For more years than anyone can remember, it has been recognised that patents are one of the barriers to free trade. If you have a free trade area like the European Union, surely it would be sensible to have patents that cover all of it or none of it, so once goods were on the market you wouldn’t have to worry when they cross the internal barriers as you do now. First of all it was going to be a Community Patent governed by its own Convention. Back in 1978, when the EPO and the PCT began, it only seemed a matter of time before they were joined by the Community Patent, but hope died as constitutional problems arose. It only became more difficult as the Community expanded into the ever enlarging European Union. The latest rebound of hope has come in the form of a unitary patent which would cover some but not all member states of the European Union.  This time, it was not just a patent but a matching Unified Patent Court. The court almost became real – it has rules. It has fully fitted court rooms and it has a website where you can read more about the proposed system.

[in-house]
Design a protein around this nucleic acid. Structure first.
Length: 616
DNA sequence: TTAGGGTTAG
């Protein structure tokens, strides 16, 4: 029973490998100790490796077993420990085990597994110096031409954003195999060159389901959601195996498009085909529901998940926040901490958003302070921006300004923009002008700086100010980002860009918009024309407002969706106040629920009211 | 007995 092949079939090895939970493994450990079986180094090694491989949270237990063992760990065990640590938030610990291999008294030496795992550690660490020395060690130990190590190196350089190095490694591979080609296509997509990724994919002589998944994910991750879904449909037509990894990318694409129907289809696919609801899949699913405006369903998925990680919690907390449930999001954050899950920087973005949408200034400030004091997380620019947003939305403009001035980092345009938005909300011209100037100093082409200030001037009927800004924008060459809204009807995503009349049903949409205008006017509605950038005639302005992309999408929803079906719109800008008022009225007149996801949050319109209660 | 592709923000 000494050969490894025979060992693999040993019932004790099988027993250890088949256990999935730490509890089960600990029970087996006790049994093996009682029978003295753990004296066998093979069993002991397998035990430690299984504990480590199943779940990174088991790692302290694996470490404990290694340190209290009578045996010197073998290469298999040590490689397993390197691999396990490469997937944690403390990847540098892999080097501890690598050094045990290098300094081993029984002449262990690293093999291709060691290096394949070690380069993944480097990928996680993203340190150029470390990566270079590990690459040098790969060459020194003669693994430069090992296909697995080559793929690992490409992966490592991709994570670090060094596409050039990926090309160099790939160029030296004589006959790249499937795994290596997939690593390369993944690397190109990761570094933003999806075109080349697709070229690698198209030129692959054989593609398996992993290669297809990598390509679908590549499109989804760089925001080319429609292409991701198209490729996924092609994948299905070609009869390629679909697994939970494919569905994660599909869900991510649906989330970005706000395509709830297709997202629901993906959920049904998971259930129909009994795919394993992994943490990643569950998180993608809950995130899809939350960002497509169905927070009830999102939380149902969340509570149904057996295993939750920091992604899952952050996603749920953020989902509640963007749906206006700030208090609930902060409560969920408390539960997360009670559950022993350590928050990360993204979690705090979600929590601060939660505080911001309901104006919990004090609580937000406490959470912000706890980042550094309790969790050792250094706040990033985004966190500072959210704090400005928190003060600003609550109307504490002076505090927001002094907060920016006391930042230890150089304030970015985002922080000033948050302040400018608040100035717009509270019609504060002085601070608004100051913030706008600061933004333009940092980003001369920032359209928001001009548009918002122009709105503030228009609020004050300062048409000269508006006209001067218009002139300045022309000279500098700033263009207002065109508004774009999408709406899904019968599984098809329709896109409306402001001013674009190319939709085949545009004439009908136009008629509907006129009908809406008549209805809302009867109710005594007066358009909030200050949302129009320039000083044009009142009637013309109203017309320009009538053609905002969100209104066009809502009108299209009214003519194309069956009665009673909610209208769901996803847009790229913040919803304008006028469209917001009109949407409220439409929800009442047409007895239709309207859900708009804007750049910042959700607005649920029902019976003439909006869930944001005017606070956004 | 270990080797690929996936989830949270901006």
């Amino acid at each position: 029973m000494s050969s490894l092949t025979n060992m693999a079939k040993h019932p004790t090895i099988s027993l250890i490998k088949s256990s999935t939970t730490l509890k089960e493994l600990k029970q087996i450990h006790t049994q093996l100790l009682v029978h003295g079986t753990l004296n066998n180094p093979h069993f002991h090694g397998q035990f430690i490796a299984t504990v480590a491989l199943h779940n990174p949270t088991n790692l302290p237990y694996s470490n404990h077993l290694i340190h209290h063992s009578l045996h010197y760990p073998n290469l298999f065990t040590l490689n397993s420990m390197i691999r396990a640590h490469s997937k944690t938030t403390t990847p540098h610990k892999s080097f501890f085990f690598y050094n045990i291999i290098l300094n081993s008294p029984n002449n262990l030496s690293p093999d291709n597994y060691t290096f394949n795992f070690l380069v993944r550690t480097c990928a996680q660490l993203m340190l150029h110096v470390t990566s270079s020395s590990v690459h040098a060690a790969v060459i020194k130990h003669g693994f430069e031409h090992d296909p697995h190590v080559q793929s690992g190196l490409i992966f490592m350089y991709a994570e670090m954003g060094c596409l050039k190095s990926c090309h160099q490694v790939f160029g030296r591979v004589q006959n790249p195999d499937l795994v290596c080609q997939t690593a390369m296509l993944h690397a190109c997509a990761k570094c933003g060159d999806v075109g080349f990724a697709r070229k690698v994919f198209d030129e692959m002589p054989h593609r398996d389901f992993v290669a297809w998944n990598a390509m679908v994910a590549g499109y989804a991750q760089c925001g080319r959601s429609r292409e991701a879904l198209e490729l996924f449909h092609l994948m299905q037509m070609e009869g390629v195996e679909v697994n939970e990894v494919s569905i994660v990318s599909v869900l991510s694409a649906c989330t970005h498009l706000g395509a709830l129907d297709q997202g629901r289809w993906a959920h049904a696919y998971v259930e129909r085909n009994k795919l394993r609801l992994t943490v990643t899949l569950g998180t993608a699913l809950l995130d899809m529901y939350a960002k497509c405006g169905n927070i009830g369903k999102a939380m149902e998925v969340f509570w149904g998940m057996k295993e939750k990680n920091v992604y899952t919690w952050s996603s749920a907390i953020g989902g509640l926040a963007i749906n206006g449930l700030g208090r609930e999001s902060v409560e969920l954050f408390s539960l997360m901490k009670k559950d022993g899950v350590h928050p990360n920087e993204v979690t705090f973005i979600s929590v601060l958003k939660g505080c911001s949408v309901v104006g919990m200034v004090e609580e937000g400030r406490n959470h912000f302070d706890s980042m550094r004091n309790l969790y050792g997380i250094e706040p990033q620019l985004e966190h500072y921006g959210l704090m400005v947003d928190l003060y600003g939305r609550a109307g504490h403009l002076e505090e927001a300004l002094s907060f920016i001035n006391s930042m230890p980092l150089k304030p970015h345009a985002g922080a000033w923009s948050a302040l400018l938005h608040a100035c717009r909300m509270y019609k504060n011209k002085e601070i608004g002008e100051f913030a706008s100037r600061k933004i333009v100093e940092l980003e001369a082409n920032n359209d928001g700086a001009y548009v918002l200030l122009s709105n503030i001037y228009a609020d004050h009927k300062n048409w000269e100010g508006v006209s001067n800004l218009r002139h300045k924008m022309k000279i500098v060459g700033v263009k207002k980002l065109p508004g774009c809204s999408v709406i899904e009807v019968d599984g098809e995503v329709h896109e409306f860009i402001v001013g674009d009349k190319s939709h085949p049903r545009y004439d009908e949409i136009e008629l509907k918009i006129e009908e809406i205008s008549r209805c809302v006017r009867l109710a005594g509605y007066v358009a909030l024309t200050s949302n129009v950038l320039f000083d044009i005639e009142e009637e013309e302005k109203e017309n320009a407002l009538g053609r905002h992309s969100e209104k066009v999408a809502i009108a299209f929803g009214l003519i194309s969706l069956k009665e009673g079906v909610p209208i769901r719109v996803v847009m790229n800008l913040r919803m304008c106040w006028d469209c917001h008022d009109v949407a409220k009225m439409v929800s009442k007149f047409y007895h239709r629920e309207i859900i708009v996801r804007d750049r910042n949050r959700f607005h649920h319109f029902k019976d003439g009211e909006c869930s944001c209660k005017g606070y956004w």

Unfortunately like so many of the previous dreams, there have been wake-up calls. First there was Brexit and the probability that the United Kingdom would no longer be eligible to remain a party to the agreement. Next there came a constitutional challenge in Germany, so now Germany cannot ratify. For more information on the German Constitutional issue see this blog post.

Despite the fading dream, the European Patent Office  which will grant the Unitary Patent, if it ever becomes available, has published a Guide to Obtaining, Maintaining and Managing Unitary Patents. The August 1st edition may become a collector’s item in the libraries of science fiction. However,  while there are major industries that believe in the unified patent Court the dream may not yet be over. For UK businesses, Filemot strongly recommends you get yourself a UK patent which can be enforced in our Intellectual Property Enterprise Court.